Single & Raising Saints

The number of single-parent families is growing. They are divorced, widowed and never married. Yet, sometimes these families feel disconnected or unsupported because they are not a two-parent household. Through Single & Raising Saints, single parents will learn more about the faith, build a community of friendship and support, discover a welcome atmosphere within their parish, and be invited to participate in all aspects of parish family life. To purchase this program, visit our shop or Amazon.

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If you are interested in beginning a single-parent ministry in your community, please view these additional resources:

  • Poll your community. It is better to design a ministry around their needs than your own assumptions. Make an assessment by utilizing this questionnaire document, which lists helpful questions to begin conversations, or to gather research. 
  • Provide your ministry a list of ways that they can glorify God in their spiritual life, so they feel evermore connected to the faith.
  • Review the outreach opportunities you currently have in your community, and ask them to be a resource for single parents. Suggestions include food ministry, home maintenance, car maintenance, childcare and financial support.
Being a young, single mom, there aren’t many women my age with a child. Hearing about the group made me excited to meet other women in my same position, no matter their ages, and I knew I’d also make some new friends and resources out of the group as well, which was very encouraging.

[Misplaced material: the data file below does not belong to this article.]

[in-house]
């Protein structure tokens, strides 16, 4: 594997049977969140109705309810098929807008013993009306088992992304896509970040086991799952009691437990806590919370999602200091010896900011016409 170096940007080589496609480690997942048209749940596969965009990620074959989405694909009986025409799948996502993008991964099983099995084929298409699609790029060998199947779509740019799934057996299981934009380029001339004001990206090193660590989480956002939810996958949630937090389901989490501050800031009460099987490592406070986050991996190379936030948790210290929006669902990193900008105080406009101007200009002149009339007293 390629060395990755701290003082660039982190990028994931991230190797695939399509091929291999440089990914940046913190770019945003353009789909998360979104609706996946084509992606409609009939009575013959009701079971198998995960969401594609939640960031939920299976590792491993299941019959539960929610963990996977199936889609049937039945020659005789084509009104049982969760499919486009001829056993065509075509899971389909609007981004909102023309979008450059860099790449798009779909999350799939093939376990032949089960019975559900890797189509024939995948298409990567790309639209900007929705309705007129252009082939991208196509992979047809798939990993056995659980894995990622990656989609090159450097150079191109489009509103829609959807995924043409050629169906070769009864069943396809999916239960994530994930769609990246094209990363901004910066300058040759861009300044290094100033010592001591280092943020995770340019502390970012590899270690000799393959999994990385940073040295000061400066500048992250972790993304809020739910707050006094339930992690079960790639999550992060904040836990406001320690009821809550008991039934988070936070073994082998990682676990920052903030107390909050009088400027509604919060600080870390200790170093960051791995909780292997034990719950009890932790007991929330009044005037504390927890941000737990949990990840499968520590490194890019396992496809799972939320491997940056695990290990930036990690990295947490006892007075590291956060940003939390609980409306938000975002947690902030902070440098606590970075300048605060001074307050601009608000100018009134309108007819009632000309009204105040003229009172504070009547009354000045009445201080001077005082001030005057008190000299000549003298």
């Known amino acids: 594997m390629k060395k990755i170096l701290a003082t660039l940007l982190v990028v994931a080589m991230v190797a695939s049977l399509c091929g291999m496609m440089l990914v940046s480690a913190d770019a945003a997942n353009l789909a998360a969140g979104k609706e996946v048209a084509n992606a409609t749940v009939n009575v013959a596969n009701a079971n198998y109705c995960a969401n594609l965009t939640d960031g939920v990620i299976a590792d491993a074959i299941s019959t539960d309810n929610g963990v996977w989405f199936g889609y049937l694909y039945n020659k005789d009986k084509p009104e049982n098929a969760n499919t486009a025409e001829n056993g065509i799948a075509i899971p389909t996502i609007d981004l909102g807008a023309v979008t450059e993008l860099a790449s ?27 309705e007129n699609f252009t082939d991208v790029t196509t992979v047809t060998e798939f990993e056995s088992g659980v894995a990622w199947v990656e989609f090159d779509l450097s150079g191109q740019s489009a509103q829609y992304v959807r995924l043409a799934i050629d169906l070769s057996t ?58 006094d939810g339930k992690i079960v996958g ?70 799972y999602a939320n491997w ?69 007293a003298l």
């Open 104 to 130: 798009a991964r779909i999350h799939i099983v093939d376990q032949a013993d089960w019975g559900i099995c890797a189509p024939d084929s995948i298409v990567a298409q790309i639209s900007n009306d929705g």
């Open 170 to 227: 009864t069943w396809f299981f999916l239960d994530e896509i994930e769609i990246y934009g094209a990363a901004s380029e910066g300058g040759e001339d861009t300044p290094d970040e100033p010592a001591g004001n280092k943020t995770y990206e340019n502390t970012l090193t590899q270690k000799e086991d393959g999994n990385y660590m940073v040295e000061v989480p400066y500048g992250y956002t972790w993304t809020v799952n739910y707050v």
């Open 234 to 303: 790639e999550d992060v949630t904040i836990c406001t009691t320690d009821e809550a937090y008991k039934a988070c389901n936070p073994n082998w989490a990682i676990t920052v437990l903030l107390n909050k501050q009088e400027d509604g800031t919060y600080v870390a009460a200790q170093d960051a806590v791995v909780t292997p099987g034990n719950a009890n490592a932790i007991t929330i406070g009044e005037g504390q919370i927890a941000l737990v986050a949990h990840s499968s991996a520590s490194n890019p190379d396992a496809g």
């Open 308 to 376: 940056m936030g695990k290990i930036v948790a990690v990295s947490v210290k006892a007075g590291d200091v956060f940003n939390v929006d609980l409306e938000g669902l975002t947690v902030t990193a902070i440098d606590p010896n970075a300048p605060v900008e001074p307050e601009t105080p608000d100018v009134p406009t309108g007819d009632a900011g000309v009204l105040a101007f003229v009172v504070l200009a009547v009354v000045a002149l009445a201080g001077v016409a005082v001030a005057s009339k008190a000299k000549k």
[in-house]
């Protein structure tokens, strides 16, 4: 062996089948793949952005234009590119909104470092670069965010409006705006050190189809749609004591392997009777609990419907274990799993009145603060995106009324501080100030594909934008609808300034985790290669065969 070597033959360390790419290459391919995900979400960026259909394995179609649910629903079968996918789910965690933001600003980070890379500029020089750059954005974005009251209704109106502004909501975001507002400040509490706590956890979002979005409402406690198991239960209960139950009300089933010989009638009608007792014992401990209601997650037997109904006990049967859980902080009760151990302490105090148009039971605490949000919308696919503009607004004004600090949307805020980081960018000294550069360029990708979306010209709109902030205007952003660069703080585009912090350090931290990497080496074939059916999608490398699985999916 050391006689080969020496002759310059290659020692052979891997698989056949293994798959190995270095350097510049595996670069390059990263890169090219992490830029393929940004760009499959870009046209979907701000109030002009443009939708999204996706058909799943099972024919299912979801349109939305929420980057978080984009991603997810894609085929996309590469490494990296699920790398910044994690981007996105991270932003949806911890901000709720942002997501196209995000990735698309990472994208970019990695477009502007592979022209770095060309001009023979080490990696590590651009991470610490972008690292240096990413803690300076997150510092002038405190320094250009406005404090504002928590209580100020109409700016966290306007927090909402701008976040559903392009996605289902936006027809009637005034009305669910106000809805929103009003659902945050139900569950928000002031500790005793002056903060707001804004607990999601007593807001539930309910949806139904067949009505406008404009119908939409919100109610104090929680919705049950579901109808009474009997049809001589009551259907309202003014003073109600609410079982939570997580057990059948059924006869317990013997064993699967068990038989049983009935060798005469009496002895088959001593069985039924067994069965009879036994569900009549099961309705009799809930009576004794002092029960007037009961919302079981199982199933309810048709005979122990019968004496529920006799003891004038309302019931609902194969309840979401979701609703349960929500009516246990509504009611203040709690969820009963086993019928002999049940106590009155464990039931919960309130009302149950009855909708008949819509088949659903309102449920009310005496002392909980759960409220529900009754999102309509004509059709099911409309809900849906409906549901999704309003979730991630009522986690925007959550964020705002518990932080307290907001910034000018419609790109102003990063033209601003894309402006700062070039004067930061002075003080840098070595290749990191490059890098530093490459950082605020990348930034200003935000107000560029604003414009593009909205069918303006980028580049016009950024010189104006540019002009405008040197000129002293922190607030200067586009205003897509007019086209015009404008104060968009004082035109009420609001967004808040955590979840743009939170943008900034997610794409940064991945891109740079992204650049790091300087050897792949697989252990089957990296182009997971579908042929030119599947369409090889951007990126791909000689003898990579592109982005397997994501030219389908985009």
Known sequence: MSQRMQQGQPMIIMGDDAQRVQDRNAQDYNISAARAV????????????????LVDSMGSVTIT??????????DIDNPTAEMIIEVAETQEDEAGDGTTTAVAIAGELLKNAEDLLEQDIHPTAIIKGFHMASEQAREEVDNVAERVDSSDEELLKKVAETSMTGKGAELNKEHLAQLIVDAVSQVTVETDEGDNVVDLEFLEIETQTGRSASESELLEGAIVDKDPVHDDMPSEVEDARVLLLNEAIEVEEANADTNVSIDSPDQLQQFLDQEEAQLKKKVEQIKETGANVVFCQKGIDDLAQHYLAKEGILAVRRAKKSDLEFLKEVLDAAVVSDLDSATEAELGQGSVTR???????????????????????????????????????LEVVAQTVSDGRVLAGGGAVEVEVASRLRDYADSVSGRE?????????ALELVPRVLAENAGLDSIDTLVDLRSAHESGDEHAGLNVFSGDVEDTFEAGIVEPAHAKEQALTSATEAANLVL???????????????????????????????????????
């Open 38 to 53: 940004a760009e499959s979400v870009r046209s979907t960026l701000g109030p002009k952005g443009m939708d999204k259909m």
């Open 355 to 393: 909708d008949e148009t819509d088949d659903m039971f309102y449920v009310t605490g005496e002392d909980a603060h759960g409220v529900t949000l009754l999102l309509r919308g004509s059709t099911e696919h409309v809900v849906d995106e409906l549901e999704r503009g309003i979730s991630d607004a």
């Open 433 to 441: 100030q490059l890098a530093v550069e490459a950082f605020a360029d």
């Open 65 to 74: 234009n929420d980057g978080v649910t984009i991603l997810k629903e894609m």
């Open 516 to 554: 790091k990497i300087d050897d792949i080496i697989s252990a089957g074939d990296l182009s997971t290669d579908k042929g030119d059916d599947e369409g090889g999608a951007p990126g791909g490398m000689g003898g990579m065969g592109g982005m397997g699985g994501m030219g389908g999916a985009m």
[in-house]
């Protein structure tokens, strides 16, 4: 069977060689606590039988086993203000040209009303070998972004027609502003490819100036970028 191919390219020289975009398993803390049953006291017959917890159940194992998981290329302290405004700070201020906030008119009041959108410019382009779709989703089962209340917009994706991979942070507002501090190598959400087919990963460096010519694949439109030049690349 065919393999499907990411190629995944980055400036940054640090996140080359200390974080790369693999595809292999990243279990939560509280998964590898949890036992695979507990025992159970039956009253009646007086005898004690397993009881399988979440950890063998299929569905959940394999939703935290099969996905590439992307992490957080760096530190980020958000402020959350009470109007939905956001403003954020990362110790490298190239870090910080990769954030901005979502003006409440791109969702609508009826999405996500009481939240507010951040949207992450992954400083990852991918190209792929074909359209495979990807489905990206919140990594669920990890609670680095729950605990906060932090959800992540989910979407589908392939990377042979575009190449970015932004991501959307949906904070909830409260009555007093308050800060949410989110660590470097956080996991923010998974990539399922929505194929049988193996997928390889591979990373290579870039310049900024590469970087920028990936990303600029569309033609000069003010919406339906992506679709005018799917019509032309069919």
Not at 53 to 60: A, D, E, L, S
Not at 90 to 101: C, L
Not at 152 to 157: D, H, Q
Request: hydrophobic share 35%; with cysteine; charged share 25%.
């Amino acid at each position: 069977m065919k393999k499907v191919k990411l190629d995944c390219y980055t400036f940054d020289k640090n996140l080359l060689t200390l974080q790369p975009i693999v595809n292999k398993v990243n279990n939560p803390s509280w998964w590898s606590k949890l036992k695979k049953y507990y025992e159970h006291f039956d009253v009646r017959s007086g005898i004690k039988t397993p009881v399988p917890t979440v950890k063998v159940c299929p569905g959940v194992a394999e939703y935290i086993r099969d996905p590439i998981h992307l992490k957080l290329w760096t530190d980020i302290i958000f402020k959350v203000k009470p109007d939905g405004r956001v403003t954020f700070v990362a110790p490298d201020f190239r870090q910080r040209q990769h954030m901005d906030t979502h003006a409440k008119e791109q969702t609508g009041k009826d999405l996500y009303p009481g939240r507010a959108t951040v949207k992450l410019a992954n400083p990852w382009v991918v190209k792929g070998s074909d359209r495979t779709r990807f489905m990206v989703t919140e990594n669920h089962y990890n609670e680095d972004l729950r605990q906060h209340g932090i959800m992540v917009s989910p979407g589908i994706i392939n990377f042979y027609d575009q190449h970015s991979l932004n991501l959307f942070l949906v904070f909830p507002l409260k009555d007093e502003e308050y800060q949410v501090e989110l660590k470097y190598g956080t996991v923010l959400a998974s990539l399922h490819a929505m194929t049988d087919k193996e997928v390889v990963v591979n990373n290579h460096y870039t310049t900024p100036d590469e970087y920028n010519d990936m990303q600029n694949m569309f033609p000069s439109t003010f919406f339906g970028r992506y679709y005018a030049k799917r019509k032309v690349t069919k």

— Maddie, single mother of one
Single & Raising Saints” creates community through efficiently addressing common issues facing single parent families. It not only highlights various topics of concern but also provides a clear and manageable guide for how to implement new strategies through facilitated prayer, dialogue, and fellowship.
— Lauren Stemper, Marriage & Family Life Therapist, St. Raphael Counseling
For me to experience the witness and testimonials of people who are living each day in the providence of the Lord in all that they do for their kids and their lives, as well as looking towards one another’s challenges and the realization that yes our lives have changed dramatically but not ended. There is a sense of comfort and consolation in this reality and experiences of one another.
— John, single father of three